Let p(S) be again the probability that there is a supernatural agent responsible for the creation of the universe. Let p(S|BB) be the probability of the existence of that supernatural agent provided the big bang has indeed occurred. Let, further, p(BB) be the probability of the big bang's occurrence, and p(BB|S) be the conditional probability of the big bang's occurrence provided there is a supernatural agent responsible for the creation of the universe. Then our particular, simplified version of Bayes's theorem - equation (6) - takes the form:
The abduction inference, according to Dembski-Meyer's schema, if presented using the above version of Bayes's theorem, can be as follows:
Since, as they maintain, there exists no good explanation entailing any natural cause of the big bang, then in their view the hypothesis of a supernatural agent being the source of the big bang is a better explanation. Hence, if the big bang occurred, this enhances the probability of a supernatural agent being its source:
Note that (14) renders Dembski/Meyer's conclusion of their abduction argument in probabilistic terms.
In accordance with (13), if (14) holds, then also
In plain words, equation (15) means the assertion that the existence of a supernatural creator substantially enhances the probability of the occurrence of the big bang. This equation renders the "logic" step of Dembski/Meyer's abduction inference in probabilistic form. (The "data" step of their abduction argument is the assumption that the big bang had actually occurred.) Hence, according to Dembski-Meyer's abduction inference, if we assume that the big bang had actually occurred, there is a good reason to assume that a supernatural agent does exist, which is expressed by inequality (14).
The fallacy of that inference is in the inequality (15) - p(BB|S)» p(BB). This assumption asserts that the probability of the actual occurrence of the big bang is substantially enhanced if there is a supernatural creator of the universe. In terms of the abduction inference, it means that if a supernatural agent responsible for the creation of the universe does exist, the big bang is a matter of course. Obviously this is an arbitrary assumption because we have no knowledge about how a supernatural agent might act. If (15) is an arbitrary assumption, so is the conclusion - inequality (14).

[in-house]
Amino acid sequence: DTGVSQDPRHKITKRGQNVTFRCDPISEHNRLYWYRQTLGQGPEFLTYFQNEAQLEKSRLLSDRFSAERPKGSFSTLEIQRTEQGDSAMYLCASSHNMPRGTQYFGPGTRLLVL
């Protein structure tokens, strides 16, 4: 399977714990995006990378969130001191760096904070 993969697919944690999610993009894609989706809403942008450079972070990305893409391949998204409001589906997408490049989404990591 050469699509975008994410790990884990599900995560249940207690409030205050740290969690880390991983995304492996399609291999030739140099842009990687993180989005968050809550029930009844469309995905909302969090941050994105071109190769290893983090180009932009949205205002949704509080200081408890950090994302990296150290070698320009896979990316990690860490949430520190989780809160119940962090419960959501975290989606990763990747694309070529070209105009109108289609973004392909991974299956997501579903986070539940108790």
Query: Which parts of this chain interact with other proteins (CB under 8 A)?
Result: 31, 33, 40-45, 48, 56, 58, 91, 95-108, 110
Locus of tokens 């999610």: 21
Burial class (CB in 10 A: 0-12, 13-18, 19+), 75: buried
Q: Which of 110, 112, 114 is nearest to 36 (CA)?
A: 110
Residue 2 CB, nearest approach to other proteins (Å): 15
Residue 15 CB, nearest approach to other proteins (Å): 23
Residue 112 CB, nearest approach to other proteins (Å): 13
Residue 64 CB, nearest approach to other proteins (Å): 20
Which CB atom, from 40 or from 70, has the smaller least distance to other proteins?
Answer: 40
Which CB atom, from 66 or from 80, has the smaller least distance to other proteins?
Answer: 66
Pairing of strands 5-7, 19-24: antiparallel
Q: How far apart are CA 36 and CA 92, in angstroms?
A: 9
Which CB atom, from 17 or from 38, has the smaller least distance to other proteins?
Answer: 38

Of course, again, the arbitrariness of the above assumption does not prove that it is wrong. However, it shows the lack of substantiation for Dembski-Meyer's hypothesis of a supernatural origin of the big bang, which is only one of many possible explanations. It has no advantage over any other explanation, including those denying supernatural creation.
 Hugh Ross, Big Bang Model Redefined by Fire, in coll. Mere Creation, ed. W. Dembski, InterVarsity Press, 1998.
 Nathan Aviezer, The Anthropic Principle, Jewish Action, Spring 1999.
 Fred Heeren, Show Me God, Day Star Publications, 2000.
 Patrick Glynn, God. The Evidence, Forum Publishers, 1999.
 Walter L. Bradley, The "Just So Universe: The Fine-Tuning of Constants and Conditions in the Cosmos, in coll. Signs of Intelligence, eds. W. Dembski and M. Kushiner, Brazos Press, 2001.
 Stephen Hawking, A Brief History of Time, Bantam Books, 1988.
 John D. Barrow and Frank J. Tipler, The Anthropic Cosmological Principle, Oxford University Press, 1986.
 Martin Gardner, WAP, SAP, PAP AND FAP, The New York Review of Books, May 8, 1986.
 C. Howson and P. Urbach, Scientific Reasoning: The Bayesian Approach, LaSalle. Ill. Open Court, 1993.
 William A. Dembski and Stephen C. Meyer, Fruitful Interchange or Political Chitchat? In coll. Science and Evidence for Design in the Universe, eds. M.J. Behe, W.A. Dembski and S.C. Meyer, Ignatius Press, 2000.
 William A. Dembski, The Design Inference, Cambridge University Press, 1999.